SYMPOSIA PAPER Published: 01 January 2003

An Innovative Technique for Measuring Fracture Toughness of Metallic and Ceramic Materials


A new method is introduced for measuring fracture toughness, KIC, of materials ranging from metallic alloys to brittle ceramics. A valid value of KIC is determined using a round-rod specimen having a grooved spiral line with a 45° pitch. When this uniquely configured specimen is subjected to pure torsion, an equibiaxial tensile/compressive stress-strain state is created to effectively simulate that of conventional test methods using a compact-type specimen with a thickness equivalent to the full length of the spiral line. KIC values are estimated from the fracture load and crack length with the aid of a 3-D finite element analysis. KIC of a mullite ceramic material yields 2.205 MPa√m, which is 0.2% higher than the vendor's data. KIC of A302B steel is estimated to be 55.8 MPa √m, which shows higher than compact tension (CT) test value by~2%. 7475-T7351 aluminum yields 51.3 MPa√m, which is higher than vendor's value in the TL orientation by -0.8% and higher than 0.5T-CT value by 6%. Good agreement between the KIC values obtained by different methods indicates the proposed method is theoretically sound and experimental results are reliable.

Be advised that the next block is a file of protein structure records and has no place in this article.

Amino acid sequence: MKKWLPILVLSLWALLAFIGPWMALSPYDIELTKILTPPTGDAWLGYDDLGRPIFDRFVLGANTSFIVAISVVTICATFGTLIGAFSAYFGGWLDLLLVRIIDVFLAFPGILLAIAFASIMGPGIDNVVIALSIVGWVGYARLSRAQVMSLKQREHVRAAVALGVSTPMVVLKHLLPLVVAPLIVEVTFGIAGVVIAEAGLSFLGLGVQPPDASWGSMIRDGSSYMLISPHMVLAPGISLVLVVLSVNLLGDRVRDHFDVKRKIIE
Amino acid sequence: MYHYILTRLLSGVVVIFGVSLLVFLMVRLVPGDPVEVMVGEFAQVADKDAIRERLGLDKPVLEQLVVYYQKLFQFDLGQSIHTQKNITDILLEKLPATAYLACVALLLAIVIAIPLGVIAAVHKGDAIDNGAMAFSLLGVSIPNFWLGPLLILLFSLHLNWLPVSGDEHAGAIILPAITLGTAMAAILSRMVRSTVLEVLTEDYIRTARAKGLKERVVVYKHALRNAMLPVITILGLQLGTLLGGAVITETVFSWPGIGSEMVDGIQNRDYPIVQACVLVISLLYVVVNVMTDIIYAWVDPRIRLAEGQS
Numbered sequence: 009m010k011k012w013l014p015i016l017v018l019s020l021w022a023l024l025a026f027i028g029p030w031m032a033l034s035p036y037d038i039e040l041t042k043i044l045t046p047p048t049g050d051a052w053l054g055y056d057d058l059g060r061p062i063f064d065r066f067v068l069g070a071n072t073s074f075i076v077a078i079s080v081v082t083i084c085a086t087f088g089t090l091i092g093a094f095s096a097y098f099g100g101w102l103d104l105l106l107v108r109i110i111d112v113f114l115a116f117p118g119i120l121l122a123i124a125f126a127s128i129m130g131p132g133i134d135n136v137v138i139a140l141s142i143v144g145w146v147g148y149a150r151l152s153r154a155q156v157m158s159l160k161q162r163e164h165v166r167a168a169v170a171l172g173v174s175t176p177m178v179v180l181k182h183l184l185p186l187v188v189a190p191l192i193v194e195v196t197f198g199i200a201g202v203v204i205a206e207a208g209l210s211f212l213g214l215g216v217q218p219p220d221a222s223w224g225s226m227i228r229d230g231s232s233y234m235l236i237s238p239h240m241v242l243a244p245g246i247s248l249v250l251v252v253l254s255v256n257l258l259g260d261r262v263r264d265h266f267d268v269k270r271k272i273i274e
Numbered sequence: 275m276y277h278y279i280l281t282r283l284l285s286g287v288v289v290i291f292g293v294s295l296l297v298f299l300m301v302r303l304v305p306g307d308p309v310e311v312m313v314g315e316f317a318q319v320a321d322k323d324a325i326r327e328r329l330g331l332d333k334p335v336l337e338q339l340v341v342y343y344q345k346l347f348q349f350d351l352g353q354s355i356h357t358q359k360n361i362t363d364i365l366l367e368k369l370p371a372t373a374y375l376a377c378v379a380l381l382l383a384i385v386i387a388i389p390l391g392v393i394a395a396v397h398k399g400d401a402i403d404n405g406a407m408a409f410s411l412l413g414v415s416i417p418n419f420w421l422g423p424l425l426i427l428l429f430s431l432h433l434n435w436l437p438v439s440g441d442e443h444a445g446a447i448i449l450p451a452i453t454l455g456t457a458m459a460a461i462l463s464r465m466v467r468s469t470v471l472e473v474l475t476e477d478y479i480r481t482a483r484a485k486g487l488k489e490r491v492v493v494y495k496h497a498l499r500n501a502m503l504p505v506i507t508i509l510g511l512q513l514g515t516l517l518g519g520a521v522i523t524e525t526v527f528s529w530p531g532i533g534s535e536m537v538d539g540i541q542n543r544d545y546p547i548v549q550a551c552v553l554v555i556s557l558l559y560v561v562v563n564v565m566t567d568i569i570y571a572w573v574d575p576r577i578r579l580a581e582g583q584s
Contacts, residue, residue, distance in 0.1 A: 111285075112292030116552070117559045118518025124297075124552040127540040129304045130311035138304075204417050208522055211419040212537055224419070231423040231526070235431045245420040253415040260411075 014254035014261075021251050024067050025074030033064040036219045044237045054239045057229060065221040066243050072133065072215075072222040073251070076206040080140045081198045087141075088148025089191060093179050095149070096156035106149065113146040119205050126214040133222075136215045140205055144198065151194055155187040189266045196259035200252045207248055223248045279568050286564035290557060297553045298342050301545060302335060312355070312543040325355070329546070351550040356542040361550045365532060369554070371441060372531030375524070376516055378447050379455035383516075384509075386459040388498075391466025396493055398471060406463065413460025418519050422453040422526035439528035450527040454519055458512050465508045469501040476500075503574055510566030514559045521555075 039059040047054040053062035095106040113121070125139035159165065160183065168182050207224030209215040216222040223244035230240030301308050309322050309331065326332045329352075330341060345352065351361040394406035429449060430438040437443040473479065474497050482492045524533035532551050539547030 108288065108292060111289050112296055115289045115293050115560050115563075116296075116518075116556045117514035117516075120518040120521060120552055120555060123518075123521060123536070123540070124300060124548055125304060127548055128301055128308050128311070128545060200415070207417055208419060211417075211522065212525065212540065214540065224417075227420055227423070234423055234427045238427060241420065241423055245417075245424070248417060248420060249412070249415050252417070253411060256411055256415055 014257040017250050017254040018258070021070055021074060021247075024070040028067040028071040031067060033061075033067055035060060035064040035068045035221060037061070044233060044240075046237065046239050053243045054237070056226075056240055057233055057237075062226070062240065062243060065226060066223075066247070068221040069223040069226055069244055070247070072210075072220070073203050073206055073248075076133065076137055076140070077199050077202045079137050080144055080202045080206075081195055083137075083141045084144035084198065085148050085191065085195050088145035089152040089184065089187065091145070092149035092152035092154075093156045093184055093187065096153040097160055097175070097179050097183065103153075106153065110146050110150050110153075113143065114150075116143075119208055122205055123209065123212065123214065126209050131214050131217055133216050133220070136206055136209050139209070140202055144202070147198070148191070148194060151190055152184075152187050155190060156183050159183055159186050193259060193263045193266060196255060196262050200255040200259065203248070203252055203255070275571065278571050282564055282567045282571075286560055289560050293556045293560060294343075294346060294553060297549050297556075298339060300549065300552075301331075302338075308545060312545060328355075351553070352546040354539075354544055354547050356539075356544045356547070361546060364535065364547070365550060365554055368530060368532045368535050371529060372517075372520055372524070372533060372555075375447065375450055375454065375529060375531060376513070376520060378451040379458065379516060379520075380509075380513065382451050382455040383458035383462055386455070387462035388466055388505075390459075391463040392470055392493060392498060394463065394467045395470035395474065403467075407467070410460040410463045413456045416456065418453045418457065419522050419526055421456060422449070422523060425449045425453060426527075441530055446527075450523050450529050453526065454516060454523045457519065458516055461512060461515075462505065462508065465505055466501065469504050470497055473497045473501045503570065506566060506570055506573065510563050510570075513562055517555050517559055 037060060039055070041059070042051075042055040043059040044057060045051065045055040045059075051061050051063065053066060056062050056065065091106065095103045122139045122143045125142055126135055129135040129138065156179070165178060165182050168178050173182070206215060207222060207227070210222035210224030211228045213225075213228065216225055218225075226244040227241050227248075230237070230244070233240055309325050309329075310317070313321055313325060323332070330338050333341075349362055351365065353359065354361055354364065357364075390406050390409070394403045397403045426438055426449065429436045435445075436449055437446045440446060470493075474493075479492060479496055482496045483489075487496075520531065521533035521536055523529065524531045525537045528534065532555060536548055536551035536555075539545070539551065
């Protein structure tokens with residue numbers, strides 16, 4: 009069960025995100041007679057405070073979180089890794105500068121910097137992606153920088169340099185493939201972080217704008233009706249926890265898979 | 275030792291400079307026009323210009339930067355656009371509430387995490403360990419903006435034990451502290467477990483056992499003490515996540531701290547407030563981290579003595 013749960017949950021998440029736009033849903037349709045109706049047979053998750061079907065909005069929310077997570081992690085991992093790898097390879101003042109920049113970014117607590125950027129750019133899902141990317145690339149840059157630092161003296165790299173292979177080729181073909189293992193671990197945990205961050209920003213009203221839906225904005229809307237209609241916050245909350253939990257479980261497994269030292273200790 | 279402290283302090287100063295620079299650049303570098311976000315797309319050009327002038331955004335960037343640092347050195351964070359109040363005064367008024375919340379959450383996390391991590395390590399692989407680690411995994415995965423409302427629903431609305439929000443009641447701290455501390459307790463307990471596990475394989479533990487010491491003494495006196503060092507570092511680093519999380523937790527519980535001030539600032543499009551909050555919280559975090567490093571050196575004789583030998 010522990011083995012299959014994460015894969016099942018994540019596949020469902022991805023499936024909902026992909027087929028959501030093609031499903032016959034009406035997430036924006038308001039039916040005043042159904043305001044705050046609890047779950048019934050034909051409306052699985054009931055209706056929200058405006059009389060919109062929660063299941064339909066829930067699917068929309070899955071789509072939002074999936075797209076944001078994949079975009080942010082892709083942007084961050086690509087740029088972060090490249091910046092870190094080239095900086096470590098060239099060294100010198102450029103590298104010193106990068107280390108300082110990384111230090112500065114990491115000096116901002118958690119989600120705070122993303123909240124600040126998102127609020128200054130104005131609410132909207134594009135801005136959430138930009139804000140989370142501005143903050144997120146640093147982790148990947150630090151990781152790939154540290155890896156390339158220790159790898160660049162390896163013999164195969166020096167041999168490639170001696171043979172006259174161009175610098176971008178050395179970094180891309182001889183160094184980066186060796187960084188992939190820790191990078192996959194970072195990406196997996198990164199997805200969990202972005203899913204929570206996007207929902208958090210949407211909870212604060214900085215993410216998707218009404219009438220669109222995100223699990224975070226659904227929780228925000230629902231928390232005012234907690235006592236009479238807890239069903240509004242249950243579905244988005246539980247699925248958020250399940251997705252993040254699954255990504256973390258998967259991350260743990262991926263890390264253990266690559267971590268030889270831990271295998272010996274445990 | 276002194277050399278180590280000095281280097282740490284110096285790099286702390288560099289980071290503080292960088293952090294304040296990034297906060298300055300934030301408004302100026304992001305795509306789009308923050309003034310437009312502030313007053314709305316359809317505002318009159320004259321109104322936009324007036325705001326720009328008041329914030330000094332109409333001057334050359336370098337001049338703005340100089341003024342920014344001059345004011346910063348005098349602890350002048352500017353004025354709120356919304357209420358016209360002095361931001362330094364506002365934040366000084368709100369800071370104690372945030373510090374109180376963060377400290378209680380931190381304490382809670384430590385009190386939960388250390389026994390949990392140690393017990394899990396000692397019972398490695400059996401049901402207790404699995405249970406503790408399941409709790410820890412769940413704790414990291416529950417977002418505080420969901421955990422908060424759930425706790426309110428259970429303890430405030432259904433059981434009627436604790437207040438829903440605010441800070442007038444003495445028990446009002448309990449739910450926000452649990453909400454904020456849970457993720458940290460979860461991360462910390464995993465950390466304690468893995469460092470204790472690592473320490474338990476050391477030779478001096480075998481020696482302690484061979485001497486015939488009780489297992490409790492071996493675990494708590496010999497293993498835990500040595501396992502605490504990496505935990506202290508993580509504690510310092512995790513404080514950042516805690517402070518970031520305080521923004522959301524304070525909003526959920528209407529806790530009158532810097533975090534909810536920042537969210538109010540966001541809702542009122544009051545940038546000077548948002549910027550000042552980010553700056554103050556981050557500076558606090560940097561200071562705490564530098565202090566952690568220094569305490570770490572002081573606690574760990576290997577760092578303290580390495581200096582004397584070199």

Author Information

Wang, JA
Oak Ridge National Laboratory, TN
Liu, KC
Oak Ridge National Laboratory, TN
McCabe, DE
Oak Ridge National Laboratory, TN
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Developed by Committee: E08
Pages: 757–770
DOI: 10.1520/STP11105S
ISBN-EB: 978-0-8031-5472-8
ISBN-13: 978-0-8031-2899-6